6:30 – 6:35:  Make breakfast for myself.  While my egg is cooking, set the table for my two oldest sons. Set up the morning dose of medications for my six-year-old, who has epilepsy.  Throw in a load of laundry.

6:36-6:45:  Eat breakfast and send out morning emails—to teachers, colleagues, parents.  Leave an update via voicemail for my son’s neurologist.  Call in a prescription or two to the pharmacy.

6:45 AM:  Wake up my husband and two oldest sons—at least once, and sometimes twice.

6:50 AM:  Give my son Edgar three medications with as much cheer as I can muster as I come to grips with the fact that I am not raising “morning people.”

6:55 AM:  Get breakfast started as I define the word “indecision” for my two oldest sons.  Put Oscar’s violin, music, and Latin books in my car.

7:05 AM:  Leave for work.  Enjoy classical music and my only moments of solitude during my seven-minute commute.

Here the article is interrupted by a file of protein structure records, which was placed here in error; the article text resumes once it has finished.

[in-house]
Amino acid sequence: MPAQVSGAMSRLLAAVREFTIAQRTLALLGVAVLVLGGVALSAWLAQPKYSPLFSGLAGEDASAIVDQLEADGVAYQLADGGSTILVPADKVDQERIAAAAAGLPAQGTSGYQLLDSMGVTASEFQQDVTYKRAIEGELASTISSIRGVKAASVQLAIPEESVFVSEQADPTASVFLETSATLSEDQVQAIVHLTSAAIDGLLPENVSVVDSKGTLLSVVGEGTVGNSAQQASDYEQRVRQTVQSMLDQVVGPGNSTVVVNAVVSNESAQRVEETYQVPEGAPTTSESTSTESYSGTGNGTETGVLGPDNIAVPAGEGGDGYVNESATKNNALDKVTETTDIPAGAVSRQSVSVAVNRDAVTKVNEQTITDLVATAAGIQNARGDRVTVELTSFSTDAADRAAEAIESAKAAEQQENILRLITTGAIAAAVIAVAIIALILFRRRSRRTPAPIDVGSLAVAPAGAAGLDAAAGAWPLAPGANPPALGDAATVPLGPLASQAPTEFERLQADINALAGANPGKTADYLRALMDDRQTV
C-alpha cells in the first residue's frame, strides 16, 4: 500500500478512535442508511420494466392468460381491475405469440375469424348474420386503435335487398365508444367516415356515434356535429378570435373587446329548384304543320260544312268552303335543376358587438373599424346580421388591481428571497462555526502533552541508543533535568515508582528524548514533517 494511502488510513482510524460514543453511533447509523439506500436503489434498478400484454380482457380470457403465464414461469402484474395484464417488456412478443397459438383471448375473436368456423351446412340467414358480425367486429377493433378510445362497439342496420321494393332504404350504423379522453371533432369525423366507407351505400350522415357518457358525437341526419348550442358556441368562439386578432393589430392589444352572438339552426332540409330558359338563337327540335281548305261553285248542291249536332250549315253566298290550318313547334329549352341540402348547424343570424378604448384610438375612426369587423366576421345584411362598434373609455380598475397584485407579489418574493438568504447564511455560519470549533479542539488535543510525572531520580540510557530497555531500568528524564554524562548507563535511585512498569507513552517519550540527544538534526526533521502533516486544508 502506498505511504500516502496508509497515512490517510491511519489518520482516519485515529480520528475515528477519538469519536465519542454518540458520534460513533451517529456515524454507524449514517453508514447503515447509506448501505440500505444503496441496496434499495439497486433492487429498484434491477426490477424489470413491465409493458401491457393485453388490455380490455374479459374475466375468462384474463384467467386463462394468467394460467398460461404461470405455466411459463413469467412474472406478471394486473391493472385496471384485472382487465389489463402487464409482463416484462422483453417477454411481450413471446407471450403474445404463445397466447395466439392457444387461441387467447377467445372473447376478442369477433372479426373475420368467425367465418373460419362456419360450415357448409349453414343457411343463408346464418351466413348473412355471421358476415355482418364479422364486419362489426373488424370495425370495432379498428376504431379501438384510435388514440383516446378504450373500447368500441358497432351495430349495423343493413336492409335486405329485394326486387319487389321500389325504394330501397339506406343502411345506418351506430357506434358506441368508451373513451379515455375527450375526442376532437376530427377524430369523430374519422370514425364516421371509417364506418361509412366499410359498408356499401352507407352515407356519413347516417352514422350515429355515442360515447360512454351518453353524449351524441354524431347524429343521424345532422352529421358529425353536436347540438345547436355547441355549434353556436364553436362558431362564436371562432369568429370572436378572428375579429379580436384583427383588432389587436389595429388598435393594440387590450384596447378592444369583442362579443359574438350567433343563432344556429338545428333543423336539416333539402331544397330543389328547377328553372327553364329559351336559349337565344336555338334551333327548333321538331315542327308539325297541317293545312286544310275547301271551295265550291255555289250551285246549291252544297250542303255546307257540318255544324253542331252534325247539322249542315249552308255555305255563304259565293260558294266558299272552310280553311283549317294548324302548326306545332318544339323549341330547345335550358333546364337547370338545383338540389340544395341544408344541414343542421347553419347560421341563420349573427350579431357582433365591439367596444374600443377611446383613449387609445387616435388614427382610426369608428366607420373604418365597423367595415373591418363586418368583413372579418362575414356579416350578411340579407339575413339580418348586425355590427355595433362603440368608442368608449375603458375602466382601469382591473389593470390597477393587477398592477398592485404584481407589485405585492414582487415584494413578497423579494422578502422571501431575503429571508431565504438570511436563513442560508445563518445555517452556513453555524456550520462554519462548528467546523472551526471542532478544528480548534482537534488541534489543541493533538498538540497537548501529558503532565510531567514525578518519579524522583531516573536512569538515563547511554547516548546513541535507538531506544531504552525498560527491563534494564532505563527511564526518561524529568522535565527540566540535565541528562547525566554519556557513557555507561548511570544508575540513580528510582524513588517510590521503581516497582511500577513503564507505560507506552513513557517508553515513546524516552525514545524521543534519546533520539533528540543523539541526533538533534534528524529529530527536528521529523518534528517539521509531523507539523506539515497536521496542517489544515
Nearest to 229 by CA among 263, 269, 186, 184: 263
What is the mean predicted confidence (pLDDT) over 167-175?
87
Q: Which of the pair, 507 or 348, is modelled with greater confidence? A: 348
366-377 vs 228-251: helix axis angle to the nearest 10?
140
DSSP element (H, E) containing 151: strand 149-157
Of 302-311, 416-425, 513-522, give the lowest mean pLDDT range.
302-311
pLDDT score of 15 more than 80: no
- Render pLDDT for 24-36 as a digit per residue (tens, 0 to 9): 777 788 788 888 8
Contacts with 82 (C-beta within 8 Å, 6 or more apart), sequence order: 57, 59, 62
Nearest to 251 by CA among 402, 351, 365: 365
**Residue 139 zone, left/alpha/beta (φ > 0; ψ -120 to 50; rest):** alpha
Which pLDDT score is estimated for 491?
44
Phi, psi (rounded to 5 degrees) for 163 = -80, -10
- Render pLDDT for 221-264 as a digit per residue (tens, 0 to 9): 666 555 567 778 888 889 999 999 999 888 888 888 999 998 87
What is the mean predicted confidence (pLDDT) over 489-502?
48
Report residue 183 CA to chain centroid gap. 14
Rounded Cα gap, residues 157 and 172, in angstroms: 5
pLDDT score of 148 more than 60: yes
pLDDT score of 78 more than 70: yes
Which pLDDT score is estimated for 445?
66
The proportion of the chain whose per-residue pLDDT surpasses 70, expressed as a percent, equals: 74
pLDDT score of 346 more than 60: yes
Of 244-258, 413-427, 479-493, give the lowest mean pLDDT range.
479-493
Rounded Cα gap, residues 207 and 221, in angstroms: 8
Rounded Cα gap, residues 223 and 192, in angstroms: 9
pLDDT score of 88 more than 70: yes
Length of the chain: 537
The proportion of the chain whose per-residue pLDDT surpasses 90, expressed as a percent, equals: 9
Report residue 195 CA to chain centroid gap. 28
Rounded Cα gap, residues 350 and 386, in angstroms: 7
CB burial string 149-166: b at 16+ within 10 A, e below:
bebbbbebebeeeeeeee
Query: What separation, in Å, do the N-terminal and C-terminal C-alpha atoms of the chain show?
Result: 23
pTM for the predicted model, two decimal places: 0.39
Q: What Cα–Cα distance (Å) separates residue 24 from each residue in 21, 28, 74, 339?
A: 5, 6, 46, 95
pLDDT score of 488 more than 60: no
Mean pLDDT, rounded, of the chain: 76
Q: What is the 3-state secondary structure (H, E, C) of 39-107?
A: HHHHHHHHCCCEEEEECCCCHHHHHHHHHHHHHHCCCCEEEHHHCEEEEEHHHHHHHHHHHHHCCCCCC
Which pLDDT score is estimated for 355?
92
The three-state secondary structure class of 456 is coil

7:15 AM:  Arrive at work.  Teach three or four classes (depending on the day)—that is, 75-90 eleventh- and twelfth-grade students.  Bask in one bathroom break and a twelve-minute lunch (such is the glamorous life of a teacher).

1:55 PM:  Leave work with a stack of papers to correct—a stack I measure in inches and pounds and not numbers.

2:07 – 2:30 PM:  Grocery shop as fast as I can.  Get gas OR run to the pharmacy.  There is only time to do one.

2:45 PM:  Pick up my two oldest sons and their backpacks that weigh as much as they do from school.

2:55 PM:   Pick up my youngest son, who can run faster than I can, from his daycare provider.